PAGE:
xmlattributes(\'true\' as render, gid-1 as symbol, zone_code as value, zone_code||\' (\'|| description || \')\' as label)))))) 
from se_zones')
xml_new = ''
for row in cursor:
    print row[0]
    xml_new = row[0]

#print 'XML_New: ', xml_new # testing only

# pre-pend QGIS-specific DOCYTPE to XML
outStr= "<!DOCTYPE qgis PUBLIC 'http://mrcc.com/qgis.dtd' 'SYSTEM'>\n" + xml_new

# open destination XML file and save XML to it
outFile = open("Zones.qml", 'w')

The script is kludgy (there's no need for the for row in cursor since cursor only returns one row), but result is exactly what I wanted: a QML file that I could distribute to my colleagues so that they could style Zoned data with 3 clicks.

Note that in this particular instance, zone_code and description are concatenated to give the Legend entry.

When theme files need to be built for different sets of categories, only the query has to change: we have ~25 different theme sets, and they were all constructed from that one script by changing the query and the destination file.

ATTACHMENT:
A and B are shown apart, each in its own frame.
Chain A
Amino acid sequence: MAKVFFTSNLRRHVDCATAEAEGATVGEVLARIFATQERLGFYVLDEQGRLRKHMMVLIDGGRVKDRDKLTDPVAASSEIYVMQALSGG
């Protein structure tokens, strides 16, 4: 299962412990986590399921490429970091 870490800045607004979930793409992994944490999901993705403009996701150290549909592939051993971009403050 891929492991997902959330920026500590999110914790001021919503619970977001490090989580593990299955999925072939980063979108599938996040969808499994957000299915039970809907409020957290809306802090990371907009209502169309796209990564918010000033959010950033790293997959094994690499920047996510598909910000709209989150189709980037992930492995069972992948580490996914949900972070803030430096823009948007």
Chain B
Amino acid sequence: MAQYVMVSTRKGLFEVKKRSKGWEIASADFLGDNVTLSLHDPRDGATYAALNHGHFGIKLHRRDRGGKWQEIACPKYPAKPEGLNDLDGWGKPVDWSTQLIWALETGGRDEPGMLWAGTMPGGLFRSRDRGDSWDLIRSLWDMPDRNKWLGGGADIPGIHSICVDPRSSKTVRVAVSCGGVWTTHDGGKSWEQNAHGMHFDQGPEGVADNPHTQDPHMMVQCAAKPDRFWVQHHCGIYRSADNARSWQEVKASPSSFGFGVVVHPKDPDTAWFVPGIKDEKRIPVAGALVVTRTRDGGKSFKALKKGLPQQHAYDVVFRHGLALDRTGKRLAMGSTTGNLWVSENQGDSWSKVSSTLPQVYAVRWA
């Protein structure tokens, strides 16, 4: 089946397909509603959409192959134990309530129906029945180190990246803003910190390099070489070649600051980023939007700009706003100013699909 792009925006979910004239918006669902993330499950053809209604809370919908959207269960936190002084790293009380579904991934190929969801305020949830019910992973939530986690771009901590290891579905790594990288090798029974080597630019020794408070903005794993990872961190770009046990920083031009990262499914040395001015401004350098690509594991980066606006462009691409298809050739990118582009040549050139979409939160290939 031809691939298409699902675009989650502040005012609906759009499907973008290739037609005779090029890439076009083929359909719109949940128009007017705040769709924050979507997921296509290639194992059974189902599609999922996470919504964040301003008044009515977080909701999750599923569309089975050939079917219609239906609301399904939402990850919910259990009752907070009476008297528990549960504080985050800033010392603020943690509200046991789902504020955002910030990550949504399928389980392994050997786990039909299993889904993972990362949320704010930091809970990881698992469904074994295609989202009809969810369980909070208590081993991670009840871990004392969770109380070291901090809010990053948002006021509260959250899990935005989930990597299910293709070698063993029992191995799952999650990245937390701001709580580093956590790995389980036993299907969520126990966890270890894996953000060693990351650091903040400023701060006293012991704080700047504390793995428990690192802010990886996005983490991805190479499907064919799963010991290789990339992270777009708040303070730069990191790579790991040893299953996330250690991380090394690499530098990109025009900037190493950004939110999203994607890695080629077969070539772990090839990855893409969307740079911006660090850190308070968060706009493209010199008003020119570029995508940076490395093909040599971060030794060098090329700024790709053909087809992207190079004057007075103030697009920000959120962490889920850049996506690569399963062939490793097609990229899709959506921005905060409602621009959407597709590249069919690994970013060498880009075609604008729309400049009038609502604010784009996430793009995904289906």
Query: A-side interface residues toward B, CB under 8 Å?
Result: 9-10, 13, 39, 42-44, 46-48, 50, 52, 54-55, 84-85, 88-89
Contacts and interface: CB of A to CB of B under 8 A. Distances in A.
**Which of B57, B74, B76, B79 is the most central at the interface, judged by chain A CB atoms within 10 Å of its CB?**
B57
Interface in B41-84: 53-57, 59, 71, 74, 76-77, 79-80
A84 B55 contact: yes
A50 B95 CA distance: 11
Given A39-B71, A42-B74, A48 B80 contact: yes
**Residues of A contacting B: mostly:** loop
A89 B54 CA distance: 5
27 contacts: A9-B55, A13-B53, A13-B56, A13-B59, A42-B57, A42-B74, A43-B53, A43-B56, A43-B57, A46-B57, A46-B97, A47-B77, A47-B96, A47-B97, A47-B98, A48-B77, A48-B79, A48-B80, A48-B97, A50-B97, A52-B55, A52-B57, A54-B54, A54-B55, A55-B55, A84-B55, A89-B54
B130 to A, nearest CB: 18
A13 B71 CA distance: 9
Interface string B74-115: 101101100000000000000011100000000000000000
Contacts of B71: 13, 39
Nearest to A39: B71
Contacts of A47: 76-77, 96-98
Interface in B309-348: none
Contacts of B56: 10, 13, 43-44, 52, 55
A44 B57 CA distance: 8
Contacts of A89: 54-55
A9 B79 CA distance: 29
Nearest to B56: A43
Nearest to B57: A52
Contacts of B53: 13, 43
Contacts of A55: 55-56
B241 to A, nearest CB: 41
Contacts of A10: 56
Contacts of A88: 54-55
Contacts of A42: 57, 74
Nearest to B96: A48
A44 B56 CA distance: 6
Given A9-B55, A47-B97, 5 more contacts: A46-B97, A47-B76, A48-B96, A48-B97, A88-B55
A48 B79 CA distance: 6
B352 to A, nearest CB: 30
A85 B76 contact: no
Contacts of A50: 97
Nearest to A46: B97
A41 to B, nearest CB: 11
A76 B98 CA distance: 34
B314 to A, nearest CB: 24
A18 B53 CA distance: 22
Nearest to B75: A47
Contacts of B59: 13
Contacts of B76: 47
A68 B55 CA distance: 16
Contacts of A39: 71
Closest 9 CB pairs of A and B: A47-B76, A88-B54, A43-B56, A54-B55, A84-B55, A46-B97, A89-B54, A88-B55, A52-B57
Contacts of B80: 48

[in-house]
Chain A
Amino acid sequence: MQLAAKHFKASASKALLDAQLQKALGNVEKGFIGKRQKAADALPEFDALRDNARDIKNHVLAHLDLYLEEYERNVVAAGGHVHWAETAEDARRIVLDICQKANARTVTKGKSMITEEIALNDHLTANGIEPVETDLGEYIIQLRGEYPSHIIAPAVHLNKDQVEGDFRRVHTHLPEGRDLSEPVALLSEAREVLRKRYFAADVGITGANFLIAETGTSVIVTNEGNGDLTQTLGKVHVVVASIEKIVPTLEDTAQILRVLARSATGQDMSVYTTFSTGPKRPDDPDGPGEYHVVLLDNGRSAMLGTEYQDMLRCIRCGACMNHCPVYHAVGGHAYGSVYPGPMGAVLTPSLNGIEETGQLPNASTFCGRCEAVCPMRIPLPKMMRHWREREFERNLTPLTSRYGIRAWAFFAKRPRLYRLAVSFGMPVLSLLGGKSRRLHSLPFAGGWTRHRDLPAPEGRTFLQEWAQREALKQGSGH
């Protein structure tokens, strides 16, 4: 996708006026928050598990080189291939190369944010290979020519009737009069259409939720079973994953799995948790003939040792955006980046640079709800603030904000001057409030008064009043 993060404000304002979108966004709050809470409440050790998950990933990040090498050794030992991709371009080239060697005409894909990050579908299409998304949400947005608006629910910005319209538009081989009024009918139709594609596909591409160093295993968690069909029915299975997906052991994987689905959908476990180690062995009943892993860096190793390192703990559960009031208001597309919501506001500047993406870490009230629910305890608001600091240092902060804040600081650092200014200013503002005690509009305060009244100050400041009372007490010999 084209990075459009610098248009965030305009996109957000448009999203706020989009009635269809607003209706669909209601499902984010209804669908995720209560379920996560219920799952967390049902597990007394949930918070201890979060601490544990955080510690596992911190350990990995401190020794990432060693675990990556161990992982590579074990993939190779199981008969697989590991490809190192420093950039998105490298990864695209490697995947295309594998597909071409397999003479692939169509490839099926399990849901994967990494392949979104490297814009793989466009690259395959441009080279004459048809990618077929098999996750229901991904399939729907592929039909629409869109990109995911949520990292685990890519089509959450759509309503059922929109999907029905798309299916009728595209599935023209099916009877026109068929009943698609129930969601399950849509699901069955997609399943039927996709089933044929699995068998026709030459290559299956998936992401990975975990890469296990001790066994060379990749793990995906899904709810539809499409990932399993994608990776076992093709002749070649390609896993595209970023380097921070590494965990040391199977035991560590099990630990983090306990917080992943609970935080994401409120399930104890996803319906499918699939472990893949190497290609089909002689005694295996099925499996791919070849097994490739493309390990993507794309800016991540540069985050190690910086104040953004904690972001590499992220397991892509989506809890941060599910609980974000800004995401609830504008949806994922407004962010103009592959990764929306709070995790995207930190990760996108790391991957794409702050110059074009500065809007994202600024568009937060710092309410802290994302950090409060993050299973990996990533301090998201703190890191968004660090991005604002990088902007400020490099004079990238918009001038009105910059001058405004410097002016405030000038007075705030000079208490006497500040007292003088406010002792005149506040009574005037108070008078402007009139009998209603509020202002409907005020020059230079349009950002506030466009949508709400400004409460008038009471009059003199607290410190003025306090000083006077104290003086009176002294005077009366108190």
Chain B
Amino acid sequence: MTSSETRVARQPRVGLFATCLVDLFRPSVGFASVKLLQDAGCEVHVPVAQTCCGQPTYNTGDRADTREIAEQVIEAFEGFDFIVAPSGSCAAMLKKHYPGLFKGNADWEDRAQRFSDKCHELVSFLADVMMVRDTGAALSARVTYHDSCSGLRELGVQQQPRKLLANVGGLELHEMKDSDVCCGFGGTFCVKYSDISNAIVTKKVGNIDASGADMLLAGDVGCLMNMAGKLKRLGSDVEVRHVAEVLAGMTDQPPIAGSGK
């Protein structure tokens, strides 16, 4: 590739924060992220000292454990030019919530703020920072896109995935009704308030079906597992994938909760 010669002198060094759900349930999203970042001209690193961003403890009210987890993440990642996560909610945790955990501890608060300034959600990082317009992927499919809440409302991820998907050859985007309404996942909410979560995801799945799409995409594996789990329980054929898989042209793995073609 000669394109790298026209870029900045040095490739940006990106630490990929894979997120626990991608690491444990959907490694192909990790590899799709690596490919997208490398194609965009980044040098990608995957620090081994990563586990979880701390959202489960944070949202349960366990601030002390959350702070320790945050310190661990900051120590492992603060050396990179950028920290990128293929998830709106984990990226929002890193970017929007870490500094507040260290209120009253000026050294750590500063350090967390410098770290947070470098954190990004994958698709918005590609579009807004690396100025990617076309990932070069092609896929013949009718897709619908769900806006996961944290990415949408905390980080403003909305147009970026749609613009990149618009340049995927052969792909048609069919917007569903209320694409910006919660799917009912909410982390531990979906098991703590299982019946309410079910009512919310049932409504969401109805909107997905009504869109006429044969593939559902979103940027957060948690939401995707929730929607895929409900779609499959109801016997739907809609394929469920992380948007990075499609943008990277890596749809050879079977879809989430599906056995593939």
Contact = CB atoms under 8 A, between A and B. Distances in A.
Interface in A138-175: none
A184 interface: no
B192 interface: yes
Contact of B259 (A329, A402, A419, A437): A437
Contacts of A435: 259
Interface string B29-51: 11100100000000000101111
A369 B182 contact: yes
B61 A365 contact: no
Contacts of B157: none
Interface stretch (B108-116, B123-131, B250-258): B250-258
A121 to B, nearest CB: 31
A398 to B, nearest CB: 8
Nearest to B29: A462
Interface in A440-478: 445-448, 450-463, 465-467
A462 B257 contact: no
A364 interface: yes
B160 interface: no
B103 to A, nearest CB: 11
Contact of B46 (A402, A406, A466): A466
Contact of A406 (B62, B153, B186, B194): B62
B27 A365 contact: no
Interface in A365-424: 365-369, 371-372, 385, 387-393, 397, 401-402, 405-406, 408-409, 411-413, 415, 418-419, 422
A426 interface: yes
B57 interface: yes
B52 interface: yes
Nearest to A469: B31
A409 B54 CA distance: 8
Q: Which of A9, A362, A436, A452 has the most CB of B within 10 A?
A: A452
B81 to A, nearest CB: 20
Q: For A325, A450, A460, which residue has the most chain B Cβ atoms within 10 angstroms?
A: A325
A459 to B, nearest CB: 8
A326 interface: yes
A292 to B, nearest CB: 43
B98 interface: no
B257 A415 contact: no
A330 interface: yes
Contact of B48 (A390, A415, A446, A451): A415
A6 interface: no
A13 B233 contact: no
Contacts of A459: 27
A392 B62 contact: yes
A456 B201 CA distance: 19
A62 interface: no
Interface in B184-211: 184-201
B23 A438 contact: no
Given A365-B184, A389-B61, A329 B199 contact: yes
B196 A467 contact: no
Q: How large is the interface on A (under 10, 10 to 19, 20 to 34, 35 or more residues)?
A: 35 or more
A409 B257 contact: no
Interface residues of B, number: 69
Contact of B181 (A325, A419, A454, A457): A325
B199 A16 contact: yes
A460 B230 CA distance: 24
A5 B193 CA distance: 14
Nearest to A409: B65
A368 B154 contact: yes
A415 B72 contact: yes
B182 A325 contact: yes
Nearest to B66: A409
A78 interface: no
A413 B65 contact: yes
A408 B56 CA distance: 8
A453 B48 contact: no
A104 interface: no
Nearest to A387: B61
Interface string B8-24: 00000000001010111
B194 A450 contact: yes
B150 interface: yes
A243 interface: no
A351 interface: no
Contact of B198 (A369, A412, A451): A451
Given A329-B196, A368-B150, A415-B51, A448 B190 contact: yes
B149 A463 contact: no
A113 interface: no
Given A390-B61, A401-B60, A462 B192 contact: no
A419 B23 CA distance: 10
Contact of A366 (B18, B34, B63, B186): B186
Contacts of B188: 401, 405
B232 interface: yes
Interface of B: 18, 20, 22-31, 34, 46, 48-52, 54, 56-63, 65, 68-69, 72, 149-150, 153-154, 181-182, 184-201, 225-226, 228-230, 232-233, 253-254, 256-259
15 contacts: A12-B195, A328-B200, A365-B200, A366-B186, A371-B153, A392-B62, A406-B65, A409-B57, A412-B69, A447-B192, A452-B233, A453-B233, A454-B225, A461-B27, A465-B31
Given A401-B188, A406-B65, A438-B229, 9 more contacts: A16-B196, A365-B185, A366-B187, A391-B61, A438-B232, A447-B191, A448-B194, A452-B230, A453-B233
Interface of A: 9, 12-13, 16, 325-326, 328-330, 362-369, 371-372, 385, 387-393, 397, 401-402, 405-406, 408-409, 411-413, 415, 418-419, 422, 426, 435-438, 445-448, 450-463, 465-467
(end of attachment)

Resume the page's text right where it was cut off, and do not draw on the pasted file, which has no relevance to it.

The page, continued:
The output looks like this -

<!DOCTYPE qgis PUBLIC 'http://mrcc.com/qgis.dtd' 'SYSTEM' >
<qgis version="2.8.2-Wien">
  <renderer-v2 attr="zone_code" symbollevels="0" type="categorizedSymbol">
      <symbol alpha="1" type="fill" name="0">
        <layer pass="0" class="SimpleFill" locked="0">
          <prop k="color" v="240,217,250,255" />
          <prop k="outline_color" v="230,230,230,255" />
        <category render="true" symbol="0" value="B1Z" label="B1Z (Commercial 1 Zone)" />

For your specific theme you would have to write the appropriate query (which means you need to know the columns that 'drive' the style categories).